How The Coca-Cola Company is reducing sugar
6 ways we are reducing sugar
We know people have concerns about eating or drinking too much sugar. That is why we’re taking action should you want less of it. Check out how we’re reducing sugar and calories in our Coca-Cola products:
1. Rethinking our recipes
Sugar in moderation is fine, but too much sugar isn’t good for anyone. We are reducing sugar in more than 500 of our drinks around the world.
2. Making more reduced- and no-sugar versions of many of the drinks you love available and making them easier to find
- 19 of our 21 top global brands have a reduced- or no-sugar option
- Since 2014, we’ve launched nearly 500 new reduced- or no-sugar drinks globally
- In the U.S., 250 of the 800+ beverages we offer are reduced- and no-sugar
3. Promoting our reduced- and no-sugar options more
We want to give you choices. So we’re advertising our no-sugar versions of Coca-Cola right next to the original Coca-Cola taste. Choose what suits you and your lifestyle and diet. We call this our “One Brand” global marketing strategy.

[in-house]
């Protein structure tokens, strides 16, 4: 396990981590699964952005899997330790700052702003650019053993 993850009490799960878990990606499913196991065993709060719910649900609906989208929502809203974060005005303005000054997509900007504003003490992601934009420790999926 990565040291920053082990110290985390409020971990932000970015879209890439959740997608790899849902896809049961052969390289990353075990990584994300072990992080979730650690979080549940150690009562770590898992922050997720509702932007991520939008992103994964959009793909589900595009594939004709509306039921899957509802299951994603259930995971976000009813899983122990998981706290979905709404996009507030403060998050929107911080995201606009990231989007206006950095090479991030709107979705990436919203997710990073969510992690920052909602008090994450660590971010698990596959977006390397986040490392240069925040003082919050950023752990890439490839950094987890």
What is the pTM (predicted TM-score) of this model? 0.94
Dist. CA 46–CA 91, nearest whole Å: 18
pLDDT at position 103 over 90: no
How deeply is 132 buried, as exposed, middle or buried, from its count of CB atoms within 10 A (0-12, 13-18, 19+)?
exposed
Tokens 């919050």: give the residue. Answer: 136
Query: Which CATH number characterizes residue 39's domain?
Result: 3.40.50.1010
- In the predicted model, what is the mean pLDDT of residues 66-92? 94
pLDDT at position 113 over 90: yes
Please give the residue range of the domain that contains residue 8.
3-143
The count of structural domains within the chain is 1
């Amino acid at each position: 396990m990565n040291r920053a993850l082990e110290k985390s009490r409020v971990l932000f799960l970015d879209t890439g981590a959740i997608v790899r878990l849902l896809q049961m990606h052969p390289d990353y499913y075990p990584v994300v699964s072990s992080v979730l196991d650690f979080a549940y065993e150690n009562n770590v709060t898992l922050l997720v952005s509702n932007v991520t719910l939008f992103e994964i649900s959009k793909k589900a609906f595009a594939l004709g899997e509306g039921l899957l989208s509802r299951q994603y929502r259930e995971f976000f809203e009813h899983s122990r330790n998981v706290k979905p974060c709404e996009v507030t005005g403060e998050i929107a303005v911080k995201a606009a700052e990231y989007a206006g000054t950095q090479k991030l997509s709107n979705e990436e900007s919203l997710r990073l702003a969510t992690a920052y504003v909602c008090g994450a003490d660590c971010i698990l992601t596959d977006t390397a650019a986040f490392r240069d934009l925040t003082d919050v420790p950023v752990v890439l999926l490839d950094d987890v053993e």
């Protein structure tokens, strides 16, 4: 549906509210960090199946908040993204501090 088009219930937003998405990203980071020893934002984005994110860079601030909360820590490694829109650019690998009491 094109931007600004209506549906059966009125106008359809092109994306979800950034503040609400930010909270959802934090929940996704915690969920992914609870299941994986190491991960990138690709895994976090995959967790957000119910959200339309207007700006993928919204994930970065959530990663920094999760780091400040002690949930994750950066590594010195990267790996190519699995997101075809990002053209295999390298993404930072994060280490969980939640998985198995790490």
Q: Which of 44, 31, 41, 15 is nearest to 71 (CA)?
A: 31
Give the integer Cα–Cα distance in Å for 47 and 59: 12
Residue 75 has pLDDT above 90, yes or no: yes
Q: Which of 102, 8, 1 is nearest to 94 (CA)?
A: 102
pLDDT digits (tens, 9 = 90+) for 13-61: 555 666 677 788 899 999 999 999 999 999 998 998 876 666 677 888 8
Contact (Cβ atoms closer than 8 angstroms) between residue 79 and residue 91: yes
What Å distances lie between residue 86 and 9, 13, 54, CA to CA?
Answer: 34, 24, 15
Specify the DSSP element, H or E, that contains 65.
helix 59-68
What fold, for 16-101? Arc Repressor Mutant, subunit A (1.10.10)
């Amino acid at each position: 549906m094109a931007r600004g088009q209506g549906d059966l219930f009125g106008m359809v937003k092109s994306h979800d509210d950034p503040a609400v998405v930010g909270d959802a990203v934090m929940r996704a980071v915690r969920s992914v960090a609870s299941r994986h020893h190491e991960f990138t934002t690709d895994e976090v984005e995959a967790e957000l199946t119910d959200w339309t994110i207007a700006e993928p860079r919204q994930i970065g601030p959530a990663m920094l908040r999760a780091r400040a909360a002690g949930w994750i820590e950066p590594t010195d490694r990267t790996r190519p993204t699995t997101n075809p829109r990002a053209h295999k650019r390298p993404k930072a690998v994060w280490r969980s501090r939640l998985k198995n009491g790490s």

4. Exploring new sugar substitutes
We are using new sugar substitutes to make new drinks with fewer calories. Coca-Cola Life is one example. It is sweetened with a blend of cane sugar and Stevia leaf extract. It has 35% fewer calories and less sugar than Coca-Cola, but with a great taste people love.
5. Providing smaller, more convenient packaging
We have 7.5 oz mini soda cans and other smaller sizes to make it easier for you to reduce sugar. In fact, about 40% of our soft drink brands come in these smaller sizes in the U.S.
6. Supporting limits to added sugar intake
Several leading health authorities, including the U.S. Food and Drug Administration and the U.S. Dietary Guidelines for Americans, say that children and adults should limit added sugar to no more than 10% of their total energy/calorie consumption.
See how else we’re putting you at the center of all we do. We call it Our Way Forward.
And if you’re interested in the variety of drinks we offer, check out some of our other Coca-Cola products.
- U.S. Food and Drug Administration: Changes to the Nutrition Facts Label
- U.S. Department of Agriculture: 2015-2020 Dietary Guidelines for Americans